Tuesday, December 27, 2016

Cardio for the mind

I’m not big on New Year’s resolutions but a finding published in Social Science & Medicine may change my thinking on this tradition for 2017. And it won’t be a new gym membership. Yale University researchers found that reading books prolongs life. This is good news. While I like running and exercise, I love to read!

The findings are less about the act of reading and more about type of reading. Book reading as opposed to more general reading facilitated a “survival advantage” the researchers attributed to enhanced cognitive engagement.

The researchers analyzed the reading habits of 3,635 people aged 50 and older and observed a 20 percent reduction in mortality for those who read books compared to those who did not. They believe the effect was created by the cognitive engagement that comes with the “slow, immersive” process of book reading. Cognitive engagement involves a commitment to exert the effort necessary to comprehend complex ideas. That process leads to a stronger mind, a not-so-trivial component of health and well-being. It also perhaps leads to enhanced emotional intelligence which may contribute to survival.

Importantly, the findings were true despite the participants' level of education, gender, health status, and baseline cognition. Also, the amount of time reading wasn’t a determining factor. Participants spent nearly twice the time reading periodicals as books. The researchers found that “any level of book reading gave a significantly stronger survival advantage than reading periodicals.”

So if you’re thinking about resolutions for the New Year, consider immersing yourself in a good book. You might even think of it as cardio for the mind!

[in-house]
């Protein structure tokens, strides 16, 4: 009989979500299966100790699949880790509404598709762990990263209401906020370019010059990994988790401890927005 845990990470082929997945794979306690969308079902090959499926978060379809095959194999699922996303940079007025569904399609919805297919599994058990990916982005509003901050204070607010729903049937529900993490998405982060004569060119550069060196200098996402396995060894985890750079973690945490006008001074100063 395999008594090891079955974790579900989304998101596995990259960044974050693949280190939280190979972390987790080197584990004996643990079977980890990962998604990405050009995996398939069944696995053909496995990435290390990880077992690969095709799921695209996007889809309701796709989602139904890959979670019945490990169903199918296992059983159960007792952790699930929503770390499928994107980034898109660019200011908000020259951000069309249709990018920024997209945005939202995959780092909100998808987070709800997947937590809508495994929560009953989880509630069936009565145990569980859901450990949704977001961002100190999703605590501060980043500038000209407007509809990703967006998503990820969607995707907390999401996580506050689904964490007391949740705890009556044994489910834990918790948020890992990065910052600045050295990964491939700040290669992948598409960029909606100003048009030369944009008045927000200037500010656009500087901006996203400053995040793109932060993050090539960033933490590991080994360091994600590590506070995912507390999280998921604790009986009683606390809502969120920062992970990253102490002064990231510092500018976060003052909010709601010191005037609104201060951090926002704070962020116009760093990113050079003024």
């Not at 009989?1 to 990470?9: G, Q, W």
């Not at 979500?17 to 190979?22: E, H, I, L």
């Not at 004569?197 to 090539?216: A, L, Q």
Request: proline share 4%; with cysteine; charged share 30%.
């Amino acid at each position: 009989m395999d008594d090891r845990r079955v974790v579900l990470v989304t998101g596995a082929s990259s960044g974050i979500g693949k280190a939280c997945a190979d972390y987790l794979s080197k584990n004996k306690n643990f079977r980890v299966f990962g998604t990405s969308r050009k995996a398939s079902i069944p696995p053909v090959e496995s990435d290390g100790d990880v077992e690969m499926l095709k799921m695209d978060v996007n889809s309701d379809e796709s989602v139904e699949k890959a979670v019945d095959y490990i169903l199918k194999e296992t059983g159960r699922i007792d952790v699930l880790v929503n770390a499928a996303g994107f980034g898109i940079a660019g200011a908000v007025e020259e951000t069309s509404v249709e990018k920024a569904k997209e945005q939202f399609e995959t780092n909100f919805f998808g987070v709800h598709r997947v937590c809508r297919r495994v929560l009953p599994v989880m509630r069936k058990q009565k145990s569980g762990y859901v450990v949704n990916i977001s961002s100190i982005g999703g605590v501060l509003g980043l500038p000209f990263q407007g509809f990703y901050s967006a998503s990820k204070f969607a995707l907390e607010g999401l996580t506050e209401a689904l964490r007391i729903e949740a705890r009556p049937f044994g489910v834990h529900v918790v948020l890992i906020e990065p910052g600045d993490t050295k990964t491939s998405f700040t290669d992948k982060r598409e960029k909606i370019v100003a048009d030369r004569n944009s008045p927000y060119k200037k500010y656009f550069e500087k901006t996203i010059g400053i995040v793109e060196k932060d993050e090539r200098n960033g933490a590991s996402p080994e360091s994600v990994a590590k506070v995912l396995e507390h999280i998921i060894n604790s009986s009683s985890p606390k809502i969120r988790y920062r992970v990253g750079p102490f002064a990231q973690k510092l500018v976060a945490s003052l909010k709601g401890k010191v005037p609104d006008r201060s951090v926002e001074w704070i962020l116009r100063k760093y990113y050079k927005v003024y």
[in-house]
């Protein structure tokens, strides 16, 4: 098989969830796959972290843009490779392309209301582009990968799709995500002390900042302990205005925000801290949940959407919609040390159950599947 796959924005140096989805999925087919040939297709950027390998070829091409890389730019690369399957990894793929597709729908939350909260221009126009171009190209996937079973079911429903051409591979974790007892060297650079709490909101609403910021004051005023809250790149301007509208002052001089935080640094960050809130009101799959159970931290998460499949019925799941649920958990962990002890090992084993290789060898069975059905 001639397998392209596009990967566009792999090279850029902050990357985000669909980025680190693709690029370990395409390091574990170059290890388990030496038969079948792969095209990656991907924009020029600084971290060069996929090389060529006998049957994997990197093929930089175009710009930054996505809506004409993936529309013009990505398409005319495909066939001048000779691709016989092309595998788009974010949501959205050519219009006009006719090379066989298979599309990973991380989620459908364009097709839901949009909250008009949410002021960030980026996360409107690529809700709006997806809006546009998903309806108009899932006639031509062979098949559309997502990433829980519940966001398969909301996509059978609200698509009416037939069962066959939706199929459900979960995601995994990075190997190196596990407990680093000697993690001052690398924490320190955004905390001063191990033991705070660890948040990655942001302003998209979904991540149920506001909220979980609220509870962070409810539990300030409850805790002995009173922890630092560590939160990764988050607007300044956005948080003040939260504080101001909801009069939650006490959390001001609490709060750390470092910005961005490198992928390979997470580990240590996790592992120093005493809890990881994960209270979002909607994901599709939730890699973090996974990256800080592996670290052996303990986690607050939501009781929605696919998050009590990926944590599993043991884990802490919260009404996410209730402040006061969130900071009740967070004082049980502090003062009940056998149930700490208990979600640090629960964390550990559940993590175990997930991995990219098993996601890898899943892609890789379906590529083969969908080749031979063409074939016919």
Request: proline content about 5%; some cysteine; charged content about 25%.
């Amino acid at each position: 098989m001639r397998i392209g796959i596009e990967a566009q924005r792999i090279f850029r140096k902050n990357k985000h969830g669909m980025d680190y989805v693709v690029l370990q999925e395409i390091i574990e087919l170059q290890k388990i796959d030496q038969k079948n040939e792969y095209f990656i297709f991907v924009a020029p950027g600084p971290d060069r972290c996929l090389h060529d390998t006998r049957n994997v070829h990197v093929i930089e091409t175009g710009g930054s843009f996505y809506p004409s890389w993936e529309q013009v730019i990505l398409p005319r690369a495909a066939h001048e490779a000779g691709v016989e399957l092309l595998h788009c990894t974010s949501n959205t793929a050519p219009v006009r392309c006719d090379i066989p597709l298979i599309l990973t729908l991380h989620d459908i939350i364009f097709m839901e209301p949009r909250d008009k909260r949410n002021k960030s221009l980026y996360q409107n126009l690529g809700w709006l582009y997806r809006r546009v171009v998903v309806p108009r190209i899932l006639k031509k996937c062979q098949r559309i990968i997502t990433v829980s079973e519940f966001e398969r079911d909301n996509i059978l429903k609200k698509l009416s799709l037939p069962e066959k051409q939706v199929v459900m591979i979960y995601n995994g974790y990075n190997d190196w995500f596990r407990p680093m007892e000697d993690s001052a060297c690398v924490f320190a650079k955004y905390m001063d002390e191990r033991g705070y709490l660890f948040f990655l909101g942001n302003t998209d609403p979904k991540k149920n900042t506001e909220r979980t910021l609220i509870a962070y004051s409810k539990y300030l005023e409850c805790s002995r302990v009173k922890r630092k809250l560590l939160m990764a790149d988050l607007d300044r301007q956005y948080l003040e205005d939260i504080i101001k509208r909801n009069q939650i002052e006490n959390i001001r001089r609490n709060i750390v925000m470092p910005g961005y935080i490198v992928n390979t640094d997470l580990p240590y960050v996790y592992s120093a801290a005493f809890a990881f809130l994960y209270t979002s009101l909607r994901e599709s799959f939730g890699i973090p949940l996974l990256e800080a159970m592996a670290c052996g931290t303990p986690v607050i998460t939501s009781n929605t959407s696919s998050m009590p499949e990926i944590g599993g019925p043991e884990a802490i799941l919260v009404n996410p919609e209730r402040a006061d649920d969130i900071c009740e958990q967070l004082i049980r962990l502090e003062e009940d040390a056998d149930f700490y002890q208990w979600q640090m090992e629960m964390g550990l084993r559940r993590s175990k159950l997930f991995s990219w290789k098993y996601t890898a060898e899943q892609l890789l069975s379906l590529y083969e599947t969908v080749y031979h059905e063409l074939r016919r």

Below are the top cognitively engaging books I read in 2016:

Bloodland: A Family Story of Oil, Greed and Murder on the Osage Reservation | by Dennis McAuliffe, Jr. 
Good books can make you think and re-think. McAuliffe succeeds at this with a sad, yet honest personal story that shows how legacy matters; that choices made long ago have long-term implications. Bloodland tells the story of the Osage Nation and the “Reign of Terror” perpetrated against tribal members in the 1920s. McAuliffe investigates the death of his Osage grandmother, learning and sharing more about himself in the process than I suspect he imagined when he started. It was the personal connection to my own life (the Osages in my family) and a gripping, suspenseful narrative that made this book so engaging. The book also provided some valuable historical and present day context for our visit to the Osage Nation in Oklahoma this fall.

The Lost City of Z: A Tale of Deadly Obsession in the Amazon | by David Grann
So I knew the Amazon was an exotic place. What I didn't know when I started reading The Lost City of Z was that David Grann would manage to bring the sights, sounds, smells, and textures of the Amazon into my living room. The Lost City of Z is the story of Percy Fawcett, one of the World’s great explorers whose dangerous and difficult work brought light to the great shadows of the Amazon. Fawcett’s engagement was his theory of an ancient and advanced civilization lost to the ages somewhere in this great South American jungle. Grann’s deep research and descriptive style combined to make this an accessible, thrilling read. Upcoming in 2017, I am looking forward to Grann’s coverage of the Osage Reign of Terror in his soon to be published Killers of the Flower Moon: The Osage Murders and the Birth of the FBI.